Something similar has been going on ever since Siyanda Mohutsiwa, a writer in Botswana, sent out the following tweet on Monday:







She moved the discussion along with a jab at South Africa’s racial divisions:







And so the Twitter hashtag #IfAfricaWasABar was born, with further digs at South Africa’s haughtiness on the continent:







There were references to Rwanda’s improbable post-genocide prosperity, and its famously pristine streets:










And swipes at newfound, flashy, precarious wealth in various countries:














As well as at ongoing economic woes:







There were expressions of insecurity and obscurity:








Plus allusions to the corrosive legacy of colonialism:











And to the new economic hegemon in the region:





There were mentions of territorial tensions:







And of efforts by power-hungry political leaders to extend their time in office:






Hashtags like #IfAfricaWasABar, Mohutsiwa observed in a YouTube video, can help people in the region talk about themselves and their neighbors in “a lighthearted, not hateful, not angry type of way. I do really believe in pan-Africanism and I don’t think it’s an idea that is dead or an idea that should remain in the ’60s.” Her goal, she added, was to “travel around Africa through the perceptions of other Africans as much as possible, and through the perspectives of other Africans as much as I can, without having to leave my country.”


Still, much like at any physical bar, things could always get raucous or unruly. “Am keeping tabs to see how long before things go downhill,” a Twitter user wrote to Mohutsiwa as the hashtag spread on Twitter. “I think the entire continent is holding its breath,” Mohutsiwa replied.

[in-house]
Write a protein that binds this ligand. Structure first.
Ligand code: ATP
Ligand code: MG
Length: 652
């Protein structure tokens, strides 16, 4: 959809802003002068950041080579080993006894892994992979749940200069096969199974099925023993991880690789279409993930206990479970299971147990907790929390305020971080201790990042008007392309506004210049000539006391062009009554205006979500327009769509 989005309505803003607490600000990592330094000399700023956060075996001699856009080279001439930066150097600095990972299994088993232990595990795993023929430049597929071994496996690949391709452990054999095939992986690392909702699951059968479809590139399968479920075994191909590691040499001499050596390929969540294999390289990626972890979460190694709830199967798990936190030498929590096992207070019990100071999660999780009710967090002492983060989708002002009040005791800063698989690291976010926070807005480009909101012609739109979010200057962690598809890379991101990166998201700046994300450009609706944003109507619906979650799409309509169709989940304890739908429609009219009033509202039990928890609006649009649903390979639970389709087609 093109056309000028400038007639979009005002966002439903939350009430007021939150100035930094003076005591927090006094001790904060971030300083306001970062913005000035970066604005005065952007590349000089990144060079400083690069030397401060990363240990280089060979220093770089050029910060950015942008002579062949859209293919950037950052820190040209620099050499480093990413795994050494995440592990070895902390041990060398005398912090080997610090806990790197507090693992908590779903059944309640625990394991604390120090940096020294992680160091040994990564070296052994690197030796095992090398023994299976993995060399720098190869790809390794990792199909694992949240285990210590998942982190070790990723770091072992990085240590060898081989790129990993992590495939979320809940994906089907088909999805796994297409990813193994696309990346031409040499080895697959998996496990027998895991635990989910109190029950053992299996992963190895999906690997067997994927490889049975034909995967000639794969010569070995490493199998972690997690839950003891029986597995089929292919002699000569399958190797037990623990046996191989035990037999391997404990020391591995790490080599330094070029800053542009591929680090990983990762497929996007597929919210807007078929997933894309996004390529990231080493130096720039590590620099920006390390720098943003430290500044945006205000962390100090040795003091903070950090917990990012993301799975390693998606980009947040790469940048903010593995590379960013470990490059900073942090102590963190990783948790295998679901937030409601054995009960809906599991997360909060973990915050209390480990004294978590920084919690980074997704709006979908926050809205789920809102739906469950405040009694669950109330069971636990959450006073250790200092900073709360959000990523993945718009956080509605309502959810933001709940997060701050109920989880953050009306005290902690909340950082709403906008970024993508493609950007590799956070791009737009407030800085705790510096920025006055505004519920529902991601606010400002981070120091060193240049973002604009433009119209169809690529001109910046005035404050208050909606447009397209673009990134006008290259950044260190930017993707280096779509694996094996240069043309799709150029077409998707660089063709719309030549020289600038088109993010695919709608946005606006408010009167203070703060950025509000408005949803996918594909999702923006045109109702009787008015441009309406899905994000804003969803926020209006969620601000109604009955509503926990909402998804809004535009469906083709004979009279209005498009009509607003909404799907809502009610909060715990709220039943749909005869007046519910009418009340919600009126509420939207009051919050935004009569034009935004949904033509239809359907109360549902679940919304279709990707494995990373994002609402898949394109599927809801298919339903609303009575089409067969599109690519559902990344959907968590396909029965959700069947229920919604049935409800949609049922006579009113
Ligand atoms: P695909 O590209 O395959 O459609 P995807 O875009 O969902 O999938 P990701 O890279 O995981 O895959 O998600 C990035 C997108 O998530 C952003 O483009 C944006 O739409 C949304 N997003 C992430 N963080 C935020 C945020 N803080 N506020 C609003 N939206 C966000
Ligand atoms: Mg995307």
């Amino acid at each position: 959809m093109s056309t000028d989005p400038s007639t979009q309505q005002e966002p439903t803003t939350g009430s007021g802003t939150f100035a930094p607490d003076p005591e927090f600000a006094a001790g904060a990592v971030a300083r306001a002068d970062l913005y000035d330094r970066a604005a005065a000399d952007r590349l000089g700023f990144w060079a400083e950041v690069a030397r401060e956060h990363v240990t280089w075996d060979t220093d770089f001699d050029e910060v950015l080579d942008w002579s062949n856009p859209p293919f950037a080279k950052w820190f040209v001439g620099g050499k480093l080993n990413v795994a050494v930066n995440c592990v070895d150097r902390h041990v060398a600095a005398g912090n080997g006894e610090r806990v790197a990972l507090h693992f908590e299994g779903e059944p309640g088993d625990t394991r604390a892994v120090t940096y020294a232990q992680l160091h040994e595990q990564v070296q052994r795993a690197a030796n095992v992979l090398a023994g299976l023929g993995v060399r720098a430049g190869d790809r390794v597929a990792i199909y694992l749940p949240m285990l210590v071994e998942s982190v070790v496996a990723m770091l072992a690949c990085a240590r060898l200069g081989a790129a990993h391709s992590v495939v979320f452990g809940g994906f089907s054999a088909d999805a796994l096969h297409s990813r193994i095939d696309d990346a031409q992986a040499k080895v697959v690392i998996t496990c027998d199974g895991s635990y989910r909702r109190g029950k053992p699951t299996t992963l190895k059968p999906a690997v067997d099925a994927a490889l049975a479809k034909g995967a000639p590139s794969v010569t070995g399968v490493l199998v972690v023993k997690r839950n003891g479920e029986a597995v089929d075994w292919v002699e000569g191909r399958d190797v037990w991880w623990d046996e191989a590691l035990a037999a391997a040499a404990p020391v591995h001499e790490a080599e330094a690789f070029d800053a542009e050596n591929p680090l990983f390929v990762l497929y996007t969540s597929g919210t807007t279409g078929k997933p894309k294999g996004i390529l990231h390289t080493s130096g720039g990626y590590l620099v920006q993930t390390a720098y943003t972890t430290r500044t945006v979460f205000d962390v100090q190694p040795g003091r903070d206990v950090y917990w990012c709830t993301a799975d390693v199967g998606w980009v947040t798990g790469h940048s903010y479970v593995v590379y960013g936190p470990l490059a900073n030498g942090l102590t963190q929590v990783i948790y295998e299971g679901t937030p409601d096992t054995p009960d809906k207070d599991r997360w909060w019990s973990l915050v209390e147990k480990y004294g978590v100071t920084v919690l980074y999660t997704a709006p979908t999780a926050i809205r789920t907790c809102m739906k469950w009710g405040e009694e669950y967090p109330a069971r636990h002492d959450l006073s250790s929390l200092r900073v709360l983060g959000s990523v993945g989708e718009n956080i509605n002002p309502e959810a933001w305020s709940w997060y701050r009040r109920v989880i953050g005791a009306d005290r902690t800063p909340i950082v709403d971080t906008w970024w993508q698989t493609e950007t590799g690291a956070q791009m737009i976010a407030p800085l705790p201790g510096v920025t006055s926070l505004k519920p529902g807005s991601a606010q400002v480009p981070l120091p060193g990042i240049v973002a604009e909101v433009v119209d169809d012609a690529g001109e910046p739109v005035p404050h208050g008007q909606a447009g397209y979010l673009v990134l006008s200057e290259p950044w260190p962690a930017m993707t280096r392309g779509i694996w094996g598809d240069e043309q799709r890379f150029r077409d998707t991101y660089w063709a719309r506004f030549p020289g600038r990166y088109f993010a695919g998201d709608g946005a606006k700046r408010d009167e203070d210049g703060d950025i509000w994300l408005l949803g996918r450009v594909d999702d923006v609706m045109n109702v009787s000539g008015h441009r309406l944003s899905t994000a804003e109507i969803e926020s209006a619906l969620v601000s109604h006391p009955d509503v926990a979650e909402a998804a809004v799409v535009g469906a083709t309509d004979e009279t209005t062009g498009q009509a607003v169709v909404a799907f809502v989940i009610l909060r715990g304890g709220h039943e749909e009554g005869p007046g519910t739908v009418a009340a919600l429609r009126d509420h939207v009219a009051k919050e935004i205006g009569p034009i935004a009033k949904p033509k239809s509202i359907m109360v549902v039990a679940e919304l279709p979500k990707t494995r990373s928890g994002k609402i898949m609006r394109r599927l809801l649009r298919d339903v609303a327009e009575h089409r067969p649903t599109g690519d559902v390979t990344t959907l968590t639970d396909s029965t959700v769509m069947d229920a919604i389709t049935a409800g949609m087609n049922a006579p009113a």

Nepal, Three Months After the Earthquakes

Three months have now passed since massive twin earthquakes struck Nepal, killing more than 8,800 people, injuring more than 22,000, flattening nearly 600,000 homes, and leaving millions still in need of food, clean water and adequate shelter. Though residents are working to return to their normal lives, Nepal is still reeling from the disasters in April and May. The World Bank announced in June that it will provide up to 500 million dollars for reconstruction. Today, months after the quakes, nearly 3 million survivors, many in mountainous, hard-to-reach areas, still need urgent help, according to a U.N. report published earlier this month. Collected here are images of Nepal’s slow work toward recovery.

The Flying Machines of Flugtag

Since 1992, Red Bull has been organizing Flugtag (“flying day”) events around the world, where participants build and pilot homemade flying machines off a 28-foot-high flight deck above a body of water. Entries are judged for distance, creativity, and showmanship. The aerodynamic qualities of many of the creatively built aircraft are questionable, and most do not so much fly as… plummet. In 2013, the team “The Chicken Whisperers” set a distance record of  258 feet (78.64 meters) in Long Beach, California. Gathered here are images of Flugtag events over the past several years.

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Photos of the Week: 7/18-7/24

An embrace in a Kenyan village, a purification rite on a Japanese shore, Swan Upping in England, tragedy in southern Turkey, a kangaroo hopping through a frosty field in Australia, South Korea’s longest water slide ever, Hellsing cosplay in Brazil, naked tree-hugging in Berkeley, California, a rocket launch in Kazakhstan, and much more.